Handbook of Educational Psychology

Handbook of Educational Psychology

Handbook of Educational Psychology

Handbook of Educational Psychology

Synopsis

The third edition of the Handbook of Educational Psychology is sponsored by Division 15 of the American Psychological Association. In this volume, thirty chapters address new developments in theory and research methods while honoring the legacy of the field's past. A diverse group of recognized scholars within and outside the U.S. provide integrative reviews and critical syntheses of developments in the substantive areas of psychological inquiry in education, functional processes for learning, learner readiness and development, building knowledge and subject matter expertise, and the learning and task environment. New chapters in this edition cover topics such as learning sciences research, latent variable models, data analytics, neuropsychology, relations between emotion, motivation, and volition (EMOVO), scientific literacy, sociocultural perspectives on learning, dialogic instruction, and networked learning. Expanded treatment has been given to relevant individual differences, underlying processes, and new research on subject matter acquisition.

The Handbook of Educational Psychology, Third Edition, provides an indispensable reference volume for scholars in education and the learning sciences, broadly conceived, as well as for teacher educators, practicing teachers, policy makers and the academic libraries serving these audiences. It is also appropriate for graduate level courses in educational psychology, human learning and motivation, the learning sciences, and psychological research methods in education and psychology.

Excerpt

With this third edition of the Handbook of Educational Psychology, we hope to move the field forward at the same time that we honor its history and legacy of years past. Today the field is not being redefined by individual scholars studying general tendencies within groups or current movements in educational research and policy, but by a growing understanding of what underlies learning and development through education. Over time, conducting meticulously planned studies of pointed research questions that build on one another has provided the recipe for growth, changing even some historic markers in the field. For example, in some areas of educational psychology, there is now an established relationship between data and theory that is leading to a new practice of science marked by modeling and visualization rather than hypothesis testing. In other areas, the data–theory relationship is informed by biography or narrative-experiential history. A third Handbook of Educational Psychology needs to support this changing landscape. The field no longer offers a limited menu; today it is more like a fully sustaining farm.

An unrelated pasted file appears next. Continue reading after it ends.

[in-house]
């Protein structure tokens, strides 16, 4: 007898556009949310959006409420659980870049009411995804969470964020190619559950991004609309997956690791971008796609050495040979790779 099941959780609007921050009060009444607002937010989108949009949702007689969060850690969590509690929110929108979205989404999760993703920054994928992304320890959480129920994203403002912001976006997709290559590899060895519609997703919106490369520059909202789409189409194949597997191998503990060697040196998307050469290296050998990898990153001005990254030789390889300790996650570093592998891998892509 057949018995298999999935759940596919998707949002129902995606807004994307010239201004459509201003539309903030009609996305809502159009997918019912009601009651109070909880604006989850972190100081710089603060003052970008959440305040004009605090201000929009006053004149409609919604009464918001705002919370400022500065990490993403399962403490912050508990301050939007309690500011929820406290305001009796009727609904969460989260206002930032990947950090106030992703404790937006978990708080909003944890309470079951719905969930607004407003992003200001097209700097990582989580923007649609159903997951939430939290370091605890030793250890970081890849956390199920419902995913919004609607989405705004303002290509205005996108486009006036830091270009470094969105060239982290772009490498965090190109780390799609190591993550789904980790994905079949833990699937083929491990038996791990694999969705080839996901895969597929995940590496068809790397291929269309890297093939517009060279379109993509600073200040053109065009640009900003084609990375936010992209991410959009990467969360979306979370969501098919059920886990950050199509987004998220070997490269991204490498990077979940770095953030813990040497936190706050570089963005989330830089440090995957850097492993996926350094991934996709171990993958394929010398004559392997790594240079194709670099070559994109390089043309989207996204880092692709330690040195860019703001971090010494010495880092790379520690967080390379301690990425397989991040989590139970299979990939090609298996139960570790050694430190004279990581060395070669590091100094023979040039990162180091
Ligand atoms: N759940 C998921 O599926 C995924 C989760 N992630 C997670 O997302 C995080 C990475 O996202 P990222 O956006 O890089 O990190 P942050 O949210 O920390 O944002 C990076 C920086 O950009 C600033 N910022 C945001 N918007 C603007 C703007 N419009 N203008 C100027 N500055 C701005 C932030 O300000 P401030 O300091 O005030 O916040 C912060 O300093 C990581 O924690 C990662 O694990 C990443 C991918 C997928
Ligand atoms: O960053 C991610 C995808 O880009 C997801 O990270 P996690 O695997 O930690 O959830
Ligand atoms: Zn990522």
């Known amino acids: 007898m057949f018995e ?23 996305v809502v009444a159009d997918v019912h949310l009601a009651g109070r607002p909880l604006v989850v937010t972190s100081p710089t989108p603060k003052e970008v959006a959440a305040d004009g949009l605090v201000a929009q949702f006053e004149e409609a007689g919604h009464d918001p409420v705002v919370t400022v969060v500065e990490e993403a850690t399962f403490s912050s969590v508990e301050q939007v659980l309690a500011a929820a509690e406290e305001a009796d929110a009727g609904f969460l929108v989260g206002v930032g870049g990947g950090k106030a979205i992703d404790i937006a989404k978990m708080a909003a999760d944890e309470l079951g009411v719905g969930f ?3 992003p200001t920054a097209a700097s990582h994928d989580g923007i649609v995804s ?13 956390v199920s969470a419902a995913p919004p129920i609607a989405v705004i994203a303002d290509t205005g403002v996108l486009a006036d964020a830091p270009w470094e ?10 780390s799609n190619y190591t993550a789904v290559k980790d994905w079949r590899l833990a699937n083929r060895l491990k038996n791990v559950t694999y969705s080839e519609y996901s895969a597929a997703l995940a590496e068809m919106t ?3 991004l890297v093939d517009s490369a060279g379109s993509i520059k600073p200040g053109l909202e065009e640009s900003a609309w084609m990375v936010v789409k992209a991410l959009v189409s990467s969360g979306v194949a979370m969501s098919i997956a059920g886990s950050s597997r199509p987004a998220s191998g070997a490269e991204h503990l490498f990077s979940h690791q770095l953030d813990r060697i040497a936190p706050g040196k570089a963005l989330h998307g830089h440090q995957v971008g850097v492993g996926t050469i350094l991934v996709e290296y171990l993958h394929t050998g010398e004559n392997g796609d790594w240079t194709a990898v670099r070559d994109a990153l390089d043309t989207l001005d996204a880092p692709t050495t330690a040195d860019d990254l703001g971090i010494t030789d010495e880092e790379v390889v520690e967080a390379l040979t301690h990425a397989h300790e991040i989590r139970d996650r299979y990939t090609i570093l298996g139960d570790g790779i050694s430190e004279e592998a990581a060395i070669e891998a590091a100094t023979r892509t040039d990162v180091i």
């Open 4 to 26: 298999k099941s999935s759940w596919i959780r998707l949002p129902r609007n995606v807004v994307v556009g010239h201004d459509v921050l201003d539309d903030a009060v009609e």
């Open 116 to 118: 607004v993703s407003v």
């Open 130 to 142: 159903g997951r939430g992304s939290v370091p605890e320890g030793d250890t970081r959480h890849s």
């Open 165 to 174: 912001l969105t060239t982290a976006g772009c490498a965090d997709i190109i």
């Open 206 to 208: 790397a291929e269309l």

Structure of the Volume

To shape the volume, we conducted a content analysis of the two previous editions of this Handbook (Alexander & Winne, 2006; Berliner & Calfee, 1996), alongside the table of contents for the three-volume Educational Psychology Handbook published by the American Psychological Association (Harris, Graham, & Urdan, 2012). This analysis led to a structure aligned with the previous editions of Division 15’s Handbook, and some similar sections. It also allowed us to assess potential problems with overlapping content across the several different volumes.

We formed an advisory board to help us to think about topic coverage for the third edition. The advisory board members included a range of scholars representing diversity in expertise. These advisors helped us to identify salient topics, controversial issues, and new trends in the field. In addition, they assisted us in identifying scholars who might provide innovative perspectives and voices.

Prior editions of this Handbook included chapters on the history of educational psychology along with its underlying theory, research foci, and traditional methods of investigation. The authors of those chapters discussed central topics in learning and teaching within and across subject matter areas, as well as different types of students and educational contexts. For the present volume, we needed to make sense of the fact that . . .

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